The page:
Tag Archive: Reading

City of Books

I am visiting Portland, Oregon, this week for an academic conference and to receive an award for my dissertation (yay!). Yesterday, I visited Powell’s City of Books. It is amazing. It was my… Continue reading

Colson Whitehead’s The Underground Railroad: A Metaphor

Colson Whitehead’s The Underground Railroad (2016) tricked me for a moment. It portrays the famous underground railroad, a network of abolitionists and volunteers who helped slaves escape the south and head north in… Continue reading

Literary Wives: Meg Wolitzer’s The Wife

I began this novel with a sigh. After reading the first few pages, I thought, “Not another novel written from a female perspective that is all about how important her husband is.” I… Continue reading

Which Alexander McCall Smith Series?

I recently tried to read Corduroy Mansions, the first book in a series by Alexander McCall Smith. As you may recall, I love Smith’s work. But after starting, and then stopping, this book,… Continue reading

Office

I recently began work as a visiting assistant professor at a new university. I’ve finally settled into my office. My books surround me, and I love the feeling of it. Here is my… Continue reading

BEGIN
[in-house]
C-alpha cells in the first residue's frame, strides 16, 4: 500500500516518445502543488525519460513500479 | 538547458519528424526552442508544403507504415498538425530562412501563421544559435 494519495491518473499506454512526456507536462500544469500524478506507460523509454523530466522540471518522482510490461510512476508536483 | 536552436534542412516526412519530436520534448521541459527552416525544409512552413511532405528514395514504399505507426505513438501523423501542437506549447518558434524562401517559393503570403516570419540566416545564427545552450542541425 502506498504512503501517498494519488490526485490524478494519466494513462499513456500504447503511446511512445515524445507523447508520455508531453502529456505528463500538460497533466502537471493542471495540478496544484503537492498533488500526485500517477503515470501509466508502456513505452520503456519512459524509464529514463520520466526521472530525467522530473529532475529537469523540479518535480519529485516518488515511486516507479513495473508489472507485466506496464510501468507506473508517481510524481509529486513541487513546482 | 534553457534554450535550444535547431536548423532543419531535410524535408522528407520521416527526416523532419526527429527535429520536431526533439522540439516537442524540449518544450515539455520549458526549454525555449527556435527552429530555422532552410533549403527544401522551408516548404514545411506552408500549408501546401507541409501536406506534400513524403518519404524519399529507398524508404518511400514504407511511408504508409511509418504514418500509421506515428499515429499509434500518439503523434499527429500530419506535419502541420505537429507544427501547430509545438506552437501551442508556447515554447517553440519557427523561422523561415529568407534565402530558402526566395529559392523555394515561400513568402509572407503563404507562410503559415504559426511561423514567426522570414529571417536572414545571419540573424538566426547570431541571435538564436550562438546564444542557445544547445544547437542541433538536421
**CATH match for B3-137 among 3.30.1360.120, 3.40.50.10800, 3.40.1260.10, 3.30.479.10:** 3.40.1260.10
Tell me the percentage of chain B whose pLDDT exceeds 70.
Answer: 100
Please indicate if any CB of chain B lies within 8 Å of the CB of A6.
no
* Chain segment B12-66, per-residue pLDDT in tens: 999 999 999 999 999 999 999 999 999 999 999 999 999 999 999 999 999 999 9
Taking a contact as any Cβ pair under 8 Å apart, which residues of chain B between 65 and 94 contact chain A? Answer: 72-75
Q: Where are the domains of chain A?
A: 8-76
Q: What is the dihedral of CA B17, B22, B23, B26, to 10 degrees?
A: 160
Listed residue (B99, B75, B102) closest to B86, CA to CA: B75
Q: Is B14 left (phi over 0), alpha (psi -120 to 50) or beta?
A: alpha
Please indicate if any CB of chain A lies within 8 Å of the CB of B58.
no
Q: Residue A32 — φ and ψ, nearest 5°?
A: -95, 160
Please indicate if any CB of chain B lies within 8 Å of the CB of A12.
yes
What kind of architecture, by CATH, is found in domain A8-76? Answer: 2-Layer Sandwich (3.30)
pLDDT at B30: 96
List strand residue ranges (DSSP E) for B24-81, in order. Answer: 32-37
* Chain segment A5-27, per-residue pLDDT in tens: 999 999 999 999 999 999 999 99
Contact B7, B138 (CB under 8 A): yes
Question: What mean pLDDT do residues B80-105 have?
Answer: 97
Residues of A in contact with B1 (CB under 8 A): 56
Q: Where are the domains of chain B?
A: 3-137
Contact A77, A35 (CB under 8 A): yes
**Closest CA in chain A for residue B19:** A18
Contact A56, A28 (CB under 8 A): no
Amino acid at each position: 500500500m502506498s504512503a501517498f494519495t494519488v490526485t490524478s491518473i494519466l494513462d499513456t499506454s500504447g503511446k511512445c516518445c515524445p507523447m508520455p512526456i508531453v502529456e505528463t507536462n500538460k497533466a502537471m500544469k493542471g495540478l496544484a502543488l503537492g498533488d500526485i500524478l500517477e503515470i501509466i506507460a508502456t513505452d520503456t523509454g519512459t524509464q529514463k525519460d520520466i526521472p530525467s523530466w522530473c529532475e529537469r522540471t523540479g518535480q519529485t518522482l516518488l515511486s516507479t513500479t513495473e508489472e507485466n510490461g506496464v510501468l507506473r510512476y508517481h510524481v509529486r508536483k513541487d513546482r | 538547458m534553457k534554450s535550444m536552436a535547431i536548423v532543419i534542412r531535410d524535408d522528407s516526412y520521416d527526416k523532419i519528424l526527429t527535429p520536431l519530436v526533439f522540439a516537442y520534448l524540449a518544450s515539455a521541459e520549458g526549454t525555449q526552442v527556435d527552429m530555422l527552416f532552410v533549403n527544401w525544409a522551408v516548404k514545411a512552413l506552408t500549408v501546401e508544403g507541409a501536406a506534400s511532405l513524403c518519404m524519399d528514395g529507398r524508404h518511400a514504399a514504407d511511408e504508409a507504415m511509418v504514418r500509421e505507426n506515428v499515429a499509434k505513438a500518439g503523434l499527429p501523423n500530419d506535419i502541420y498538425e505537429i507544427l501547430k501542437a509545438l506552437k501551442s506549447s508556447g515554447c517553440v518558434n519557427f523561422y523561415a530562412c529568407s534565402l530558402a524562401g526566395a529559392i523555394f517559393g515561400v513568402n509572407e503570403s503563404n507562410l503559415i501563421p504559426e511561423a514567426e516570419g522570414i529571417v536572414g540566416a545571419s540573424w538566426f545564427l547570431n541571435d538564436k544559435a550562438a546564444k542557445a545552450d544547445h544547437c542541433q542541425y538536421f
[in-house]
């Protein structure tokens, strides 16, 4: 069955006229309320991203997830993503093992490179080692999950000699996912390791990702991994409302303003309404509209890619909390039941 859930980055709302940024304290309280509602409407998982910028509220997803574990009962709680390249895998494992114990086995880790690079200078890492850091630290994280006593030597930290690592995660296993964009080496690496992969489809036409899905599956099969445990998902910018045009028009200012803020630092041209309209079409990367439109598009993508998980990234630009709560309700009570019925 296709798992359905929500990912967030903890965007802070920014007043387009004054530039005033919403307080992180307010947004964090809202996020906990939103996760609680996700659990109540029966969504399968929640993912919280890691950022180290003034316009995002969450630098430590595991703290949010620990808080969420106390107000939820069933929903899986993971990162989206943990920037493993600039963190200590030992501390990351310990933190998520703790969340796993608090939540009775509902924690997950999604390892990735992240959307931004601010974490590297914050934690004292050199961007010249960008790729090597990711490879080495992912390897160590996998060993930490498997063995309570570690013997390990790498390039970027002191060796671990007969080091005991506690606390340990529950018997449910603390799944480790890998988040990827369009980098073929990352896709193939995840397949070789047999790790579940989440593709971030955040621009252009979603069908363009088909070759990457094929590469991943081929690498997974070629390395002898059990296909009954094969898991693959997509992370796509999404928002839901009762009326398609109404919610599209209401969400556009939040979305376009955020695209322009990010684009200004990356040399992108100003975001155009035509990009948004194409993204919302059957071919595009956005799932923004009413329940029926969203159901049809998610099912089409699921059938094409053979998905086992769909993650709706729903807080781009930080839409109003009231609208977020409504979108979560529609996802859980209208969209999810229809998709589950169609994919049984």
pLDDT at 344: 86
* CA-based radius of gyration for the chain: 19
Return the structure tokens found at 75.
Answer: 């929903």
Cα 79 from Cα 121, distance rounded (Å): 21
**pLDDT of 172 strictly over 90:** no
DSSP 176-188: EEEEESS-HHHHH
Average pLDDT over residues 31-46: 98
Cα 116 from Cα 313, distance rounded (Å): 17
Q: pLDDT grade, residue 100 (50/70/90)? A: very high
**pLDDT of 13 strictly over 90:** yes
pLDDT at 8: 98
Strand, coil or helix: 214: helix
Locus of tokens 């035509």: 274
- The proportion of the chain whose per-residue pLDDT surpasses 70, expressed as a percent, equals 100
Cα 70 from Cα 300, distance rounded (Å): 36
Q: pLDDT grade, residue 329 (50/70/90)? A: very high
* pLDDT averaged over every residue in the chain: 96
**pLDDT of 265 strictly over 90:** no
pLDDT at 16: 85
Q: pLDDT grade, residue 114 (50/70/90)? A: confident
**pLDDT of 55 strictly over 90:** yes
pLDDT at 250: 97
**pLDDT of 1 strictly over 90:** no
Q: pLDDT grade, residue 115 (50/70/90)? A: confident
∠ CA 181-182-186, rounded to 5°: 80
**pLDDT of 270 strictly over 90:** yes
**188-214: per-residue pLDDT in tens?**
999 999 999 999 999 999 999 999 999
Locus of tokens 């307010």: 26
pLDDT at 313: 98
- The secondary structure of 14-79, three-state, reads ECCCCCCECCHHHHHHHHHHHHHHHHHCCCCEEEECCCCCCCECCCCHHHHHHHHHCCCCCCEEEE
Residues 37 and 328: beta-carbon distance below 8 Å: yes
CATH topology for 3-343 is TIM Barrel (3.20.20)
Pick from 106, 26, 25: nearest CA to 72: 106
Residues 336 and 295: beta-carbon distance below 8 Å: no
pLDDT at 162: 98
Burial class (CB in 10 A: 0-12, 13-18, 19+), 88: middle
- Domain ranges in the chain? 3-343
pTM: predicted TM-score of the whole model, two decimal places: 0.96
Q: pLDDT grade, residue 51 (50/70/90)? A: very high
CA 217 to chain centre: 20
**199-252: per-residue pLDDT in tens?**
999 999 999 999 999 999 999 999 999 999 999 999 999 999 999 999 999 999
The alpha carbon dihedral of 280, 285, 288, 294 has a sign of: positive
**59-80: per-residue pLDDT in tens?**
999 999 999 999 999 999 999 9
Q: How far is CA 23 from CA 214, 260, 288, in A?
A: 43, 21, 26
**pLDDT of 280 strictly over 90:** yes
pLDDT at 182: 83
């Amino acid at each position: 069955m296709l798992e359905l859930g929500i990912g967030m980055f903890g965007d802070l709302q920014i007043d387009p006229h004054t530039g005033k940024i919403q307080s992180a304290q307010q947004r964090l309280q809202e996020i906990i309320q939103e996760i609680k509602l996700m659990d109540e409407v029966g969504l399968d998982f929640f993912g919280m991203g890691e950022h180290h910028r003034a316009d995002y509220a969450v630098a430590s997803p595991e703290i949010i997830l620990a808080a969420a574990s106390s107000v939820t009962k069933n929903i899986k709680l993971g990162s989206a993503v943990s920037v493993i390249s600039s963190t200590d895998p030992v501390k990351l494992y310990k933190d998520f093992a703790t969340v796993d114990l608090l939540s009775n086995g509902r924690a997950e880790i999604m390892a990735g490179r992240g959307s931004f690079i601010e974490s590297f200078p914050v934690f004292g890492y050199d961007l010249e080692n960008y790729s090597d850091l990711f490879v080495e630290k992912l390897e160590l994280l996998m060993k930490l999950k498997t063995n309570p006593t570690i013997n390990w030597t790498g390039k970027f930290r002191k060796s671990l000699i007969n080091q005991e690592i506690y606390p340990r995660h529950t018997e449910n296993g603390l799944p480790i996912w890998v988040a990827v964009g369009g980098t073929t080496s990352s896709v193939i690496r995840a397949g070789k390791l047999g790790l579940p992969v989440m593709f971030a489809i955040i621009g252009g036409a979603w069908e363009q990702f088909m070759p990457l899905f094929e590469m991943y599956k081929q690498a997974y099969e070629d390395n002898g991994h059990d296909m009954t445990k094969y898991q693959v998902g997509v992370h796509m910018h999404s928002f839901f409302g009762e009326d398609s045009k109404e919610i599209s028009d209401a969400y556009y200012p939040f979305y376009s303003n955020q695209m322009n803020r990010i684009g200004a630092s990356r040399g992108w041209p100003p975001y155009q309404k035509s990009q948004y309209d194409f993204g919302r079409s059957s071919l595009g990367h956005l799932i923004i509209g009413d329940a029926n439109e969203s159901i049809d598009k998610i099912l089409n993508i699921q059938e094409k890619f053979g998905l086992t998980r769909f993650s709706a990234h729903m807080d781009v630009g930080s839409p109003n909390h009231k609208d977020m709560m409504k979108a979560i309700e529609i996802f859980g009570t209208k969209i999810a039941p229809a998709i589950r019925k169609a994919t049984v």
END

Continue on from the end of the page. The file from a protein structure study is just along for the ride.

Motherhood: Post-Partum Happiness

My good friend Britney Mills has compiled a collection of stories about motherhood that is now available on Amazon. And my story is in it! The Motherhood Trek: Stories of the Smiles, Tears,… Continue reading

I Have a Book Type

I’ve decided that there is a type of book that I like more than any other. It is a book that explores art/literature and artists/writers and that jumps back and forth between time.… Continue reading

Mystery Novels

I recently gave a lesson to the youth in my church and to get their attention, I asked them if they liked a good mystery. I showed them a slide with some of… Continue reading

Literary Wives: There Is No One Way to Be a Woman

American Housewife (2016), a collection of short stories by Helen Ellis, is the Literary Wives bloggers’ pick for this month. It is witty, poignant, hilarious, dark, timely, and accessible. Please see more of… Continue reading

Children’s Books and Visual Design: Student Work

I’m teaching a visual rhetoric course at my new university this year. It has been so much fun to create and just as much fun to teach. I have mostly upper-level English majors… Continue reading